I have found these titles the most useful to me, and recommended these titles to more people, than any others, not only for thriving in the workplace but helping with the parts of your life (like finances) that allow you to focus on your work when you’re at work.
David Bach, Smart Women Finish Rich: 9 Steps to Achieving Financial Security and Funding Your Dreams. New York: Crown Business Press, 2002 (rev. and upd.) Don’t let the title put you off: this is not a go-for-the-greed book. Along with this book, I recommend Elizabeth Warren and Elizabeth Warren Tyagi’s book, All Your Worth: The Ultimate Lifetime Money Plan. Either one of these is an excellent basic introduction to getting your personal financial house in order; without doing that, it’s much harder to focus on anything else.
Atul Gawande, The Checklist Manifesto: How to Get Things Right. New York: Picador, 2009. Especially good on how integrating with teams and explicitly agreeing on roles improves work outcomes. Very useful in conjunction with Richard H. Thaler and Cass R. Sunstein, Nudge: Improving Decisions About Health, Wealth, and Happiness. New York: Penguin, 2009 (rev. and exp.).
Pat Heim., Ph. D., with Susan K. Golant, Hardball for Women: Revised Edition. New York: Plume, 2005 (rev. ed.). A good guide to the language of business that men speak, and how women can learn and use it. Helpful for understanding how men think of and use sports metaphors in their business worlds.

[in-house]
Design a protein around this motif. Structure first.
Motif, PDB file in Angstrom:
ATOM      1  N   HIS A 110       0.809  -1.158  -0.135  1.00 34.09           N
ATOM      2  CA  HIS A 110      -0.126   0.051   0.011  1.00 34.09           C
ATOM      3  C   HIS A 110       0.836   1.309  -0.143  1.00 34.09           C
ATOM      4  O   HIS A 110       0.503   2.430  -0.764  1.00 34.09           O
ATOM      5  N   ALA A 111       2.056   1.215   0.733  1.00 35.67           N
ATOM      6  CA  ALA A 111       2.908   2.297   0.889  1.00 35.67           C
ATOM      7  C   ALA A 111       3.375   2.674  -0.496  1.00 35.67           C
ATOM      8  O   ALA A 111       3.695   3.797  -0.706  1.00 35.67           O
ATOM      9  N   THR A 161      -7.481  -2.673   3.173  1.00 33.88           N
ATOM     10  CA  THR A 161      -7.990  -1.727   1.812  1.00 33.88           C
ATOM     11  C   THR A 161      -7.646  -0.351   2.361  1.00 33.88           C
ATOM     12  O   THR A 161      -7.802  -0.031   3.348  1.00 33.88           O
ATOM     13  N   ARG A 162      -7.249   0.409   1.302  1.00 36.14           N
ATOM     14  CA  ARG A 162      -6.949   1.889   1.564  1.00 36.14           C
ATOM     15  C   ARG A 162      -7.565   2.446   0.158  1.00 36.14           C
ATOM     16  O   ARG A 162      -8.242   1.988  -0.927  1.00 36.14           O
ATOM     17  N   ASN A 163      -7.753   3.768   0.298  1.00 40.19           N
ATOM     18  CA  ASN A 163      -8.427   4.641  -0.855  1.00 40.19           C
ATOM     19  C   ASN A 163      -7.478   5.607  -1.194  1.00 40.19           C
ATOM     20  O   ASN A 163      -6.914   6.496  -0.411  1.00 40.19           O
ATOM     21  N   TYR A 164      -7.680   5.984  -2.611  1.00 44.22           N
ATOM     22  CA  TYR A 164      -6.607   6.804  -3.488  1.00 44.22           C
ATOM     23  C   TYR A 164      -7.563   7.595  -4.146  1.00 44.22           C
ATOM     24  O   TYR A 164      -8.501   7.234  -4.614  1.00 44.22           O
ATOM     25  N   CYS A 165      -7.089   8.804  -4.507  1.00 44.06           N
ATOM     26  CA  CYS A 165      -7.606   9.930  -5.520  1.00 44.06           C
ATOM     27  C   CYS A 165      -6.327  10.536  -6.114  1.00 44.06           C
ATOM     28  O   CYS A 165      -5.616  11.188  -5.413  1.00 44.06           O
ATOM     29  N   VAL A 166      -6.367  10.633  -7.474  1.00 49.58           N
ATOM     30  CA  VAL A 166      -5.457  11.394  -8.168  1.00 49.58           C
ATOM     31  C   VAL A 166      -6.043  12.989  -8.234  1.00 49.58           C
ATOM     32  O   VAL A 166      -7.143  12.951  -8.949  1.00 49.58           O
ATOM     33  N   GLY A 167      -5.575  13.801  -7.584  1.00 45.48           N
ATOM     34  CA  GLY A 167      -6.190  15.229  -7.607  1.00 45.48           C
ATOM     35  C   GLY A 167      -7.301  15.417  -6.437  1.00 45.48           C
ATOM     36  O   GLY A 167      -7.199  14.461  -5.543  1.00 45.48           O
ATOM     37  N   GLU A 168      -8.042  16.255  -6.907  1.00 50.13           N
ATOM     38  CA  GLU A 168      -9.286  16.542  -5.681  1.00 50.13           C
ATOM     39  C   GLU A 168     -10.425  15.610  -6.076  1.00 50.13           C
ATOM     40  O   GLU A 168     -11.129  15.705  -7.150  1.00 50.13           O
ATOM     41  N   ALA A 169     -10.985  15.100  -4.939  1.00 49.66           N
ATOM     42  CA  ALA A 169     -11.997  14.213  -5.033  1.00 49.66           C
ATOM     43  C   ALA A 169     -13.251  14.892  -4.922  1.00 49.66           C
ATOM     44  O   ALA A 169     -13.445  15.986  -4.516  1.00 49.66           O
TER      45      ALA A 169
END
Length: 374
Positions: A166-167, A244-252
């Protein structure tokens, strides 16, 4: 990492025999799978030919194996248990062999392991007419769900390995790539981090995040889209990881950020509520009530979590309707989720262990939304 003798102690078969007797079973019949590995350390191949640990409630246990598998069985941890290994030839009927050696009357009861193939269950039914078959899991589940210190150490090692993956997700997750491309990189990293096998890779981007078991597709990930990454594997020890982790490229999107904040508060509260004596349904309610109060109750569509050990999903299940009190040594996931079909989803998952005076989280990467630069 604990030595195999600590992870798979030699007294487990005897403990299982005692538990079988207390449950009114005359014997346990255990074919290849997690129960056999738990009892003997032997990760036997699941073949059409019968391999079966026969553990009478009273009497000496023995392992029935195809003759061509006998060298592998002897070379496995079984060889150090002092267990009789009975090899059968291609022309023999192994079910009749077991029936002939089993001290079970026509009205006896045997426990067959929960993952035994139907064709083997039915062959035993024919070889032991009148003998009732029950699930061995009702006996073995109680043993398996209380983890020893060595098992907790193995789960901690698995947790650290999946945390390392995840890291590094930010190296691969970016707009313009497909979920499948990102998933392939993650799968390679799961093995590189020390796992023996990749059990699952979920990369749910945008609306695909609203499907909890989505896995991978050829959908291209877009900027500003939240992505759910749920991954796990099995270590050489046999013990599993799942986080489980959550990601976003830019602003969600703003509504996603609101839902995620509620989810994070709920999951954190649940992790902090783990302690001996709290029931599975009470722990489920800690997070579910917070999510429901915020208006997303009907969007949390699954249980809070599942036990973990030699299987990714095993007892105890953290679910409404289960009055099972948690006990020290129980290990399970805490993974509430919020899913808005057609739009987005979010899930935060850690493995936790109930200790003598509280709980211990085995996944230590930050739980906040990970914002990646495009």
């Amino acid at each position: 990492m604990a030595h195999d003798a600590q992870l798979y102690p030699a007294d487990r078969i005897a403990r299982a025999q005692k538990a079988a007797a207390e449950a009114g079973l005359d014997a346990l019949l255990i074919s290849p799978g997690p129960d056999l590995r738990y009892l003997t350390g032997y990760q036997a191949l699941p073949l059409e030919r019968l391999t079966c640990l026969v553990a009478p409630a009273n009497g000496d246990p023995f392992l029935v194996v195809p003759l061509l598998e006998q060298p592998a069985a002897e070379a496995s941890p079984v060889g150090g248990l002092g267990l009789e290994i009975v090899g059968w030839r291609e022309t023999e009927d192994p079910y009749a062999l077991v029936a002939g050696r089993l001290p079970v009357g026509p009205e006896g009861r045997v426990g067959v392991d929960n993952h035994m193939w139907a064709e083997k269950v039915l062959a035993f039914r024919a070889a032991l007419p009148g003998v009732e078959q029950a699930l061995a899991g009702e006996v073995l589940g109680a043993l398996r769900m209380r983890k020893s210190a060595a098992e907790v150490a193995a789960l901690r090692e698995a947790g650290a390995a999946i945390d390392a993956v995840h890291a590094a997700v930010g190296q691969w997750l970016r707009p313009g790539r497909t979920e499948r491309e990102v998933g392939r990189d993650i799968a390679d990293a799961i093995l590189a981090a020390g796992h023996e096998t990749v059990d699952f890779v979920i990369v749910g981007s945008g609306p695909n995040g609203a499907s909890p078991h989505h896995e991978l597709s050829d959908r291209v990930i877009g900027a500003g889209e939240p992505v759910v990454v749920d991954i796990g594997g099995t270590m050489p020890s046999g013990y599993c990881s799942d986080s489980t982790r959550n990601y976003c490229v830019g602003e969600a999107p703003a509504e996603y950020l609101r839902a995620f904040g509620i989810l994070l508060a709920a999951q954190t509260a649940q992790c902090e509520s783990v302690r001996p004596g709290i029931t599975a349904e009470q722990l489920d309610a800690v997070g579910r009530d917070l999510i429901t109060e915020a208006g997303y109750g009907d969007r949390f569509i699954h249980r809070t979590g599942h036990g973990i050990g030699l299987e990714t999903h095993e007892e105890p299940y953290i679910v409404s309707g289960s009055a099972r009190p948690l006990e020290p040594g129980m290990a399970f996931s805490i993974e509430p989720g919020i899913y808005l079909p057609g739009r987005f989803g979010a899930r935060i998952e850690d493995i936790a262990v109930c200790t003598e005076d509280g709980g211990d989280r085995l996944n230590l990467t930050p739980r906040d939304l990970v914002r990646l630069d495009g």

Daniel Kahneman, Thinking, Fast and Slow, New York: Farrar, Strauss and Giroux, 2011. An exceptionally useful examination of the human decision-making processes. Long but usefully divided into shorter essays.
Caitlin Moran, How to Be a Woman. New York: Harper, 2011. The best current expression I know of feminism, what it is for, and why we need it. Speaks especially to younger women. I recommend every woman and every man read this book.
Debra E. Meyerson, Rocking the Boat: How to Effect Change Without Making Trouble. Boston: Harvard Business School, 2008. An intelligent overview of how to make changes in an environment that may resist them. Better attention than usual to how the effort to make these changes can also affect you as you try to drive change.
Nate Silver, The Signal and the Noise: Why So Many Predictions Fail but Some Don’t. New York: Penguin, 2012. Helpful for understanding how data and predictions are used and misused. Important for contextualizing the value of big data: what it means, what it is for, and how it is used in making decisions.
Robert I. Sutton, Ph.D., The No Asshole Rule: Building a Civilized Workplace and Surviving One That Isn’t. New York: Warner Business Books, 2007.
Edward Tufte, The Visual Display of Quantitative Information. Cheshire, CT: Graphics Press, 2001. Critical for understanding how to create information from quantitative data, and beautifully done. His other books on this topic are also very much worth reading: Envisioning Information and Visual Explanations: Images and Quantities, Evidence and Narrative.
Virginia Valian, Why So Slow? The Advancement of Women. Cambridge, MA: MIT PRess, 1999. The single most useful book I have ever read for explaining why women tend to be undervalued in the workplace. Particularly valuable for its integration of psychological, sociological, and economic factors and its analysis of how small disadvantages accumulate over time. This is the book to give to anyone who believes women are no longer disadvantaged in the workplace.
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